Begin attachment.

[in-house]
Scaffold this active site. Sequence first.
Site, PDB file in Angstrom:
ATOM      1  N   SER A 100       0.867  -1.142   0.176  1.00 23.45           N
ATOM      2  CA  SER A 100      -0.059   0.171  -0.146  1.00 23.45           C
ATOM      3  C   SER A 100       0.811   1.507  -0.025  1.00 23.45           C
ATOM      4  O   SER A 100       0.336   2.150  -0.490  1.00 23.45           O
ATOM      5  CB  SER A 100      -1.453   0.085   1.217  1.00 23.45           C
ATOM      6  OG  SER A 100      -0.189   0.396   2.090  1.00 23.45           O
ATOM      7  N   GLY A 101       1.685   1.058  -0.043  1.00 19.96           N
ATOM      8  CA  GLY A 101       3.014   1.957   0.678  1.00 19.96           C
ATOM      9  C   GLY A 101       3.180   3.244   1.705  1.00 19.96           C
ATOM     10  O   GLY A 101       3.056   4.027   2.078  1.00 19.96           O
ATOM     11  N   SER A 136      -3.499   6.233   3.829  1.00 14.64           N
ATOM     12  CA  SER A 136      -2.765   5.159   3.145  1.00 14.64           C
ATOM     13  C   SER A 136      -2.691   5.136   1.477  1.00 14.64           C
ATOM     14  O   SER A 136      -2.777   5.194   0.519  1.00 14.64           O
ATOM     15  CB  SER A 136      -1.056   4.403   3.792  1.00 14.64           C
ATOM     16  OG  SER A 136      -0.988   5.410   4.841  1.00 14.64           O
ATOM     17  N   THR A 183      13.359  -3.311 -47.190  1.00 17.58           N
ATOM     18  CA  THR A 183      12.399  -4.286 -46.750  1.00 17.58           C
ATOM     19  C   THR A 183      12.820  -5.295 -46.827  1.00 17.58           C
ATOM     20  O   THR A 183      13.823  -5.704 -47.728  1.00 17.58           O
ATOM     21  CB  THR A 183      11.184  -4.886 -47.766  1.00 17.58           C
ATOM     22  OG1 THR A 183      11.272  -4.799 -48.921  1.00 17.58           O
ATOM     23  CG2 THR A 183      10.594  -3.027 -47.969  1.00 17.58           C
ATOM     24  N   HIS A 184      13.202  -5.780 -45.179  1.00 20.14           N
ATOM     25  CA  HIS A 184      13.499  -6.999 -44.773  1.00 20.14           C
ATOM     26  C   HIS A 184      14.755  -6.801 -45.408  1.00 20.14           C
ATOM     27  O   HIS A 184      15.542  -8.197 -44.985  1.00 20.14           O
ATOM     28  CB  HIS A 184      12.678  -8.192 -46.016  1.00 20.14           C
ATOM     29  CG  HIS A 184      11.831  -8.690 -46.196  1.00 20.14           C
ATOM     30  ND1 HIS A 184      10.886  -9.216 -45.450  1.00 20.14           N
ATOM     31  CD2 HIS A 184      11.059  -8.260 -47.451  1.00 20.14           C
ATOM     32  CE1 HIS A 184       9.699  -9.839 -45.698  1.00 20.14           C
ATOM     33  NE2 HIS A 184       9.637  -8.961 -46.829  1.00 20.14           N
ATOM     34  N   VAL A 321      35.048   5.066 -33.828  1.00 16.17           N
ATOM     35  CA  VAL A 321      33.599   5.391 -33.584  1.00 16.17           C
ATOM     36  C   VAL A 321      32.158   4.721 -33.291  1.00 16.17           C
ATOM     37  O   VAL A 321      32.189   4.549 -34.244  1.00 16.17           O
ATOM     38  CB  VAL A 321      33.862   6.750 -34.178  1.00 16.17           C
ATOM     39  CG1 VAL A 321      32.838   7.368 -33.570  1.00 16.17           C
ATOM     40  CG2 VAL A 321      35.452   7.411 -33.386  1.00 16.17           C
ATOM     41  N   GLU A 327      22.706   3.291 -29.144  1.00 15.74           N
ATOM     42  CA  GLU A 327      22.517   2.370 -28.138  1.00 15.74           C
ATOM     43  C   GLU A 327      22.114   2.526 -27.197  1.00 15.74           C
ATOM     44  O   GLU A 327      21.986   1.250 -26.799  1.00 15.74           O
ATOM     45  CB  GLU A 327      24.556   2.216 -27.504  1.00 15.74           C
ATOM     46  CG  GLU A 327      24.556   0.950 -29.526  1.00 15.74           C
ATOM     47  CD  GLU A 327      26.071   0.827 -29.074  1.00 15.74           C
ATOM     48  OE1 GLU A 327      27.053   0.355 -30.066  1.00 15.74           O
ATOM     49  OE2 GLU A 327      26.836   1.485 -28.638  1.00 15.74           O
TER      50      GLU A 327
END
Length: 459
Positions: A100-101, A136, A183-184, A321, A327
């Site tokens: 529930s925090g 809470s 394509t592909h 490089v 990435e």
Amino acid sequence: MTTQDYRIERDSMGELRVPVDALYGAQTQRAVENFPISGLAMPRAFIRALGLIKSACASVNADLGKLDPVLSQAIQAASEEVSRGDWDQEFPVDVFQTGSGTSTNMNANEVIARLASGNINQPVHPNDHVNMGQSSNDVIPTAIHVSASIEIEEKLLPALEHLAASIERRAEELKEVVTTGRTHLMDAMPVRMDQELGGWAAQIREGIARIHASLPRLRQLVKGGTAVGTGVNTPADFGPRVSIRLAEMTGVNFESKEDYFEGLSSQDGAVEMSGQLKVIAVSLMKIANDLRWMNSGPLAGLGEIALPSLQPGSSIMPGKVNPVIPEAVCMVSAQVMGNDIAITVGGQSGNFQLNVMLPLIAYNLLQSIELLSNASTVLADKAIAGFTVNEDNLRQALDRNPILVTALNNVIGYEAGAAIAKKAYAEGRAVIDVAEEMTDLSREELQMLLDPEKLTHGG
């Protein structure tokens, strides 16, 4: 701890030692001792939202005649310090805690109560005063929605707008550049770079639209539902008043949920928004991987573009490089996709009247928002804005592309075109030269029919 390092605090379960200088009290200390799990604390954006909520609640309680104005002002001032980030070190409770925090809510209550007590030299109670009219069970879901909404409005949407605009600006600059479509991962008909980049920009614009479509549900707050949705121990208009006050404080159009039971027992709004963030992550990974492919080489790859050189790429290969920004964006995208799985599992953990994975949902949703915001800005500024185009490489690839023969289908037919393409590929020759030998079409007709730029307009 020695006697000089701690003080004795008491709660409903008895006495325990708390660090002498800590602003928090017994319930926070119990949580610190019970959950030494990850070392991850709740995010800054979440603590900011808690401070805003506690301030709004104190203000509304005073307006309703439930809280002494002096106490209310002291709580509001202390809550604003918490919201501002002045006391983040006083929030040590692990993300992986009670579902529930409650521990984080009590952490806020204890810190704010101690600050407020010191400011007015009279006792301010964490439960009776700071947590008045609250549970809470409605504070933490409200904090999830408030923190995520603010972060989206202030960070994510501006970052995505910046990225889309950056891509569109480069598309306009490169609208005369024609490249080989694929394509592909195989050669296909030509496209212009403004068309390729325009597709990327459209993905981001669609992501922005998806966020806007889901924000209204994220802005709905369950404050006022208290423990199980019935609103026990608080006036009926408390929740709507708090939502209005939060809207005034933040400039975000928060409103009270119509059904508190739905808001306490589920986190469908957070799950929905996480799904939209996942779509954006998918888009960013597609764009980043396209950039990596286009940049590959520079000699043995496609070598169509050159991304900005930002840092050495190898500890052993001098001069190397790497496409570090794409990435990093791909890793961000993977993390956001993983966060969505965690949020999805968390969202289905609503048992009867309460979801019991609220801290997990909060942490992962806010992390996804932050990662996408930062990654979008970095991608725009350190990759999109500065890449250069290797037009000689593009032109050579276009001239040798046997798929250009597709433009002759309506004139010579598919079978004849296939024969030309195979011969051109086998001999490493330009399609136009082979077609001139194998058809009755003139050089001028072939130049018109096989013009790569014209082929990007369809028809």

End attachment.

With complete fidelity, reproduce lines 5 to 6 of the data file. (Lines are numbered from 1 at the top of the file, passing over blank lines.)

ATOM      2  CA  SER A 100      -0.059   0.171  -0.146  1.00 23.45           C
ATOM      3  C   SER A 100       0.811   1.507  -0.025  1.00 23.45           C